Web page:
SurvivalBlog presents another edition of The Survivalist’s Odds ‘n Sods— a collection of news bits and pieces that are relevant to the modern survivalist and prepper from “JWR”. Our goal is to educate our readers, to help them to recognize emerging threats and to be better prepared for both disasters and negative societal trends. You can’t mitigate a risk if you haven’t first identified a risk. Today, we look at the risk of solar superstorms.
New Studies Warn of Cataclysmic Solar Superstorms
Scientific American reports: New Studies Warn of Cataclysmic Solar Superstorms — New data suggest the New York Railroad Storm could have surpassed the intensity of the famous Carrington Event of 1859. Here’s how the article begins:
“A powerful disaster-inducing geomagnetic storm is an inevitability in the near future, likely causing blackouts, satellite failures, and more. Unlike other threats to our planet, such as supervolcanoes or asteroids, the time frame for a cataclysmic geomagnetic storm—caused by eruptions from our sun playing havoc with Earth’s magnetic field—is comparatively short. It could happen in the next decade—or in the next century. All we know is, based on previous events, our planet will almost definitely be hit relatively soon, probably within 100 years.
Geomagnetic storms are caused by sunspots, solar flares and coronal mass ejections, resulting in calamities to which our modern technological society is becoming ever more susceptible. Most experts regard the Carrington Event, a so-called superstorm that occurred in September 1859, as the most powerful geomagnetic storm on record. But new data suggest that a later storm in May 1921 may have equaled or even eclipsed the Carrington Event in intensity, causing at least three major fires in the U.S., Canada and Sweden—and highlighting the damaging effects these storms can have on Earth today.
In a paper published in the journal Space Weather, Jeffrey Love of the U.S. Geological Survey and his colleagues reexamined the intensity of the 1921 event, known as the New York Railroad Storm, in greater detail than ever before. Although different measures of intensity exist, geomagnetic storms are often rated on an index called disturbance storm time (Dst)—a way of gauging global magnetic activity by averaging out values for the strength of Earth’s magnetic field measured at multiple locations. Our planet’s baseline Dst level is about –20 nanoteslas (nT), with a “superstorm” condition defined as occurring when levels fall below –250 nT. Studies of the very limited magnetic data from the Carrington Event peg its intensity at anywhere from –850 to –1,050 nT. According to Love’s study, the 1921 storm, however, came in at about –907 nT. “The 1921 storm could have been more intense than the 1859 storm,” Love says. “Prior to our paper, [the 1921 storm] was understood to be intense, but how intense wasn’t really clear.”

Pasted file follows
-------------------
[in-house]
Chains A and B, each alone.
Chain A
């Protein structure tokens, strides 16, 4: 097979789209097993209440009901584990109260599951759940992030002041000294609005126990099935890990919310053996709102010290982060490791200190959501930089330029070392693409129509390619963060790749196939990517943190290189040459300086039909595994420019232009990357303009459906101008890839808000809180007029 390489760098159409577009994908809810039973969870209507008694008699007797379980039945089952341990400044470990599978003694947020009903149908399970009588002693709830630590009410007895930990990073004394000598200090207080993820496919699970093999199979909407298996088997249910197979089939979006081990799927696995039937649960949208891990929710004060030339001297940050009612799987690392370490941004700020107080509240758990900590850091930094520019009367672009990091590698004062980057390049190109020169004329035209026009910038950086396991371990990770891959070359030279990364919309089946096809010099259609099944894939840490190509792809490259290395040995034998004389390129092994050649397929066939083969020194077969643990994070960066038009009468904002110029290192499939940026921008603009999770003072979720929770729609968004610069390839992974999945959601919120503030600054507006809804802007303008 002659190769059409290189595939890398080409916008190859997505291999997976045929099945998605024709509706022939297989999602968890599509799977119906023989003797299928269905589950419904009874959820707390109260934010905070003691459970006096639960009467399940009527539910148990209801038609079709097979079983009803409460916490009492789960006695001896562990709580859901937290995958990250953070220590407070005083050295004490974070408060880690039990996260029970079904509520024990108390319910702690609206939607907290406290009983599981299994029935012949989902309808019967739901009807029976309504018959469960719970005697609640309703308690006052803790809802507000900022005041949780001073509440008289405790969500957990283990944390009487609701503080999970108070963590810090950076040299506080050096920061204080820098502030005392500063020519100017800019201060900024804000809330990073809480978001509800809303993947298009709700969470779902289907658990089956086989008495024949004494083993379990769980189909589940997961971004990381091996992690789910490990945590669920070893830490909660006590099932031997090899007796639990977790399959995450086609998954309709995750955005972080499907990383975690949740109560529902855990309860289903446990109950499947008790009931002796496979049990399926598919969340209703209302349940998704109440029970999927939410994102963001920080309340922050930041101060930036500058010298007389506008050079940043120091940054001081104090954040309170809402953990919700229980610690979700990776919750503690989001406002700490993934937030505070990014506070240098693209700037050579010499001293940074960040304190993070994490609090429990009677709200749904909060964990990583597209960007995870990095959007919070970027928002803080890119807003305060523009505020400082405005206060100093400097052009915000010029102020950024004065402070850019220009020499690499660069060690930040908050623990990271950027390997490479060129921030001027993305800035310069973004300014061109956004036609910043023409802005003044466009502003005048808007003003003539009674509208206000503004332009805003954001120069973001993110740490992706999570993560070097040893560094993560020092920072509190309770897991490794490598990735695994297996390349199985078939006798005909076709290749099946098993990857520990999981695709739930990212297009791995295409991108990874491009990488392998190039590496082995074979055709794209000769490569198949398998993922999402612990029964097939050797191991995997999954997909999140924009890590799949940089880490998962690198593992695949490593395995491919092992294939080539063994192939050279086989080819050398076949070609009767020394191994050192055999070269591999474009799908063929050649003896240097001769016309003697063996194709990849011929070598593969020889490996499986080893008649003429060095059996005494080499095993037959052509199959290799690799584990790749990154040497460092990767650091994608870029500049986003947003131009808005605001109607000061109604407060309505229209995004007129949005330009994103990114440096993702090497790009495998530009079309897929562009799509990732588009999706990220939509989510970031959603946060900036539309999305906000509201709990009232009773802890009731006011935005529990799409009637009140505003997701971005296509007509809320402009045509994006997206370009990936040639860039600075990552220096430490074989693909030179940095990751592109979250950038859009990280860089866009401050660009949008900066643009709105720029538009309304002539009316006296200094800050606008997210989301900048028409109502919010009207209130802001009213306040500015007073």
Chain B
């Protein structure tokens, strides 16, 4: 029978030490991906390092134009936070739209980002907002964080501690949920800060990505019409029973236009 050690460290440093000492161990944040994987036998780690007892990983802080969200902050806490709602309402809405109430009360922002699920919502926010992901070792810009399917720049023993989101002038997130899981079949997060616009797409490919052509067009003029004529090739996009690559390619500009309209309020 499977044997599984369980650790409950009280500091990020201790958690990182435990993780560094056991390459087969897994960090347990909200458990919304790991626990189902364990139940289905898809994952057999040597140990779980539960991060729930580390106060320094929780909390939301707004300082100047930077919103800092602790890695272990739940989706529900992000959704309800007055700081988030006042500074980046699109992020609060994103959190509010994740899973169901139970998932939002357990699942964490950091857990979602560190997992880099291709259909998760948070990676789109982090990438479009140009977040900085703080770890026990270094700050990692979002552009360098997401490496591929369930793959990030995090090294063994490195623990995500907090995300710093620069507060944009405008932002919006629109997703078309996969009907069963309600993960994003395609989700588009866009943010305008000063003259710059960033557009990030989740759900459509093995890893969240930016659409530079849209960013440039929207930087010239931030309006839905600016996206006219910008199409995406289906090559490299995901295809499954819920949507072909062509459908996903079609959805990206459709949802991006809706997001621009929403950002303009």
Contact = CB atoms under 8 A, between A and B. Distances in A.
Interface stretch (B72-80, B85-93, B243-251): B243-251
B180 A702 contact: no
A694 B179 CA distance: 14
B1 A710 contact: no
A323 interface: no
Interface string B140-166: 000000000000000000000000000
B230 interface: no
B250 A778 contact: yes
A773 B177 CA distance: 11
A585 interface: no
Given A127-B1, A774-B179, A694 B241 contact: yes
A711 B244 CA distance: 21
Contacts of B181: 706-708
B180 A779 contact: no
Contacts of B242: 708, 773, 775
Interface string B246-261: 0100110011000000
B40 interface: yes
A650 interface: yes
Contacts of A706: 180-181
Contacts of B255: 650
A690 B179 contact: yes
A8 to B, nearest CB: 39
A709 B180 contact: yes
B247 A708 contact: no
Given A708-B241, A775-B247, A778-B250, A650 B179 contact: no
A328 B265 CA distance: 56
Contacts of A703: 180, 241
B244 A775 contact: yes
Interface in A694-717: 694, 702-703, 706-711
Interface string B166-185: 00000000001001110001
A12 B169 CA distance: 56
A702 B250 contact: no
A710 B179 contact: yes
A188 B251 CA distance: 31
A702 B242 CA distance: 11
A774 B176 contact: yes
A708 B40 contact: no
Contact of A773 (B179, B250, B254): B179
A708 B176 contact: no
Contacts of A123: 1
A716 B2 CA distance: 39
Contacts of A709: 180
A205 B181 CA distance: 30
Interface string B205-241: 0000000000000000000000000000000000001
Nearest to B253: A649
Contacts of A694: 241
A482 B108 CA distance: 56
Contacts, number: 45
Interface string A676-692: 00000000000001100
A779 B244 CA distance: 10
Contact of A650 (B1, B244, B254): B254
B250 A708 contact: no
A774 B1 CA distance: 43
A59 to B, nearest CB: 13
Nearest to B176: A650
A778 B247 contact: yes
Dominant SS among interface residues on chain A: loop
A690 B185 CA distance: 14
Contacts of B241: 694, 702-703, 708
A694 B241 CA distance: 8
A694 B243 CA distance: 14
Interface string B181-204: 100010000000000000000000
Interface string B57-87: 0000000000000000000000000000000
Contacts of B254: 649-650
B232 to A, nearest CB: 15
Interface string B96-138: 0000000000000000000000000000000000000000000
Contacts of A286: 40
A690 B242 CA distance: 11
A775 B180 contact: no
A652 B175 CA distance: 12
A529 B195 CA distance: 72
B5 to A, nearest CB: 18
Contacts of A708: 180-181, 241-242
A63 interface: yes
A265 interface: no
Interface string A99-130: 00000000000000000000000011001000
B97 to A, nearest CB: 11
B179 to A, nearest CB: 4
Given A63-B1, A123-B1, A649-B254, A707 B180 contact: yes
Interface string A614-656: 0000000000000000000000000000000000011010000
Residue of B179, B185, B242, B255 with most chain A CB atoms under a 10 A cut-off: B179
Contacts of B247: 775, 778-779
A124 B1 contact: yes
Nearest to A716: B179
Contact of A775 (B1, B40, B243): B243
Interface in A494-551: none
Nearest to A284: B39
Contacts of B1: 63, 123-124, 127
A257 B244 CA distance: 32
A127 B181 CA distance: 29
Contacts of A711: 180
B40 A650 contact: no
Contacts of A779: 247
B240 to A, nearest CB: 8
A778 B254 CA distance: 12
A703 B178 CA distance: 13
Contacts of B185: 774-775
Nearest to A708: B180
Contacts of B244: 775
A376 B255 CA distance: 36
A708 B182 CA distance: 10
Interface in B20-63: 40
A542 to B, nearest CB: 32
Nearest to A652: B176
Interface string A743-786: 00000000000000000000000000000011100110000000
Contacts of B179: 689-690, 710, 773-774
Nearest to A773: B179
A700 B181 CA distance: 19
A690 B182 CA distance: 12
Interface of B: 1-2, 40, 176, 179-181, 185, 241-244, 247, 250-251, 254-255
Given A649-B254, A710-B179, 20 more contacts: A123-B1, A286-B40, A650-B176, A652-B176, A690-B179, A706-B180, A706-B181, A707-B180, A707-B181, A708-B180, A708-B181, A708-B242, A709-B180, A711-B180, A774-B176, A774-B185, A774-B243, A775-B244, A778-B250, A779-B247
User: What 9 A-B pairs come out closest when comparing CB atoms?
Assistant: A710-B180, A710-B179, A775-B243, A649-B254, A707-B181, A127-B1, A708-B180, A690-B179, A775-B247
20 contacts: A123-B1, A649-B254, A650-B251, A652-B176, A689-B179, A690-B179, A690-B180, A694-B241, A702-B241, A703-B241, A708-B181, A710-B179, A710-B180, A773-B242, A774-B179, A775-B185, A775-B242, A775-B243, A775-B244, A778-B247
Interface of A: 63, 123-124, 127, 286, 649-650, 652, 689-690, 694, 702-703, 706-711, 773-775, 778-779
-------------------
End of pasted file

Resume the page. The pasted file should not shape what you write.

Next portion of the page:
Some Food Shortages Ahead?
SurvivalBlog’s Editor At Large Michael Z. Williamson spotted this news: India: Modi government’s onion export ban a ‘knee-jerk’ reaction. Mike’s Comment: Also, China has bought Smithfield and is reportedly shipping all processed pork carcasses overseas to replace those lost to disease epidemic. Combined with early flooding in the US this year, expect many food prices to rise this winter.
The Real Biden-Ukraine Timeline
Over at the great Whatfinger.com: news aggregation site: Sean Hannity breaks down the Biden-Ukraine timeline. JWR’s Comment: The leftist mass media is doing their best to vilify DJT. Don’t fall for their lies, smears, and half-truths. And be cautious of where you get your news. Fox News and The Drudge Report have both noticeably shifted to the left in recent months. That is one reason why I’ve made Whatfinger.com my primary news aggregation source.
The Oldest Working Electric Stove?
Reader H.L. sent us this: Is This the Oldest Working Stove in the U.S.?
Arrows and Smartphones: The Amazon Tembe Tribe
Another hat tip to H.L. for this one: Arrows and smartphones: daily life of Amazon Tembe tribe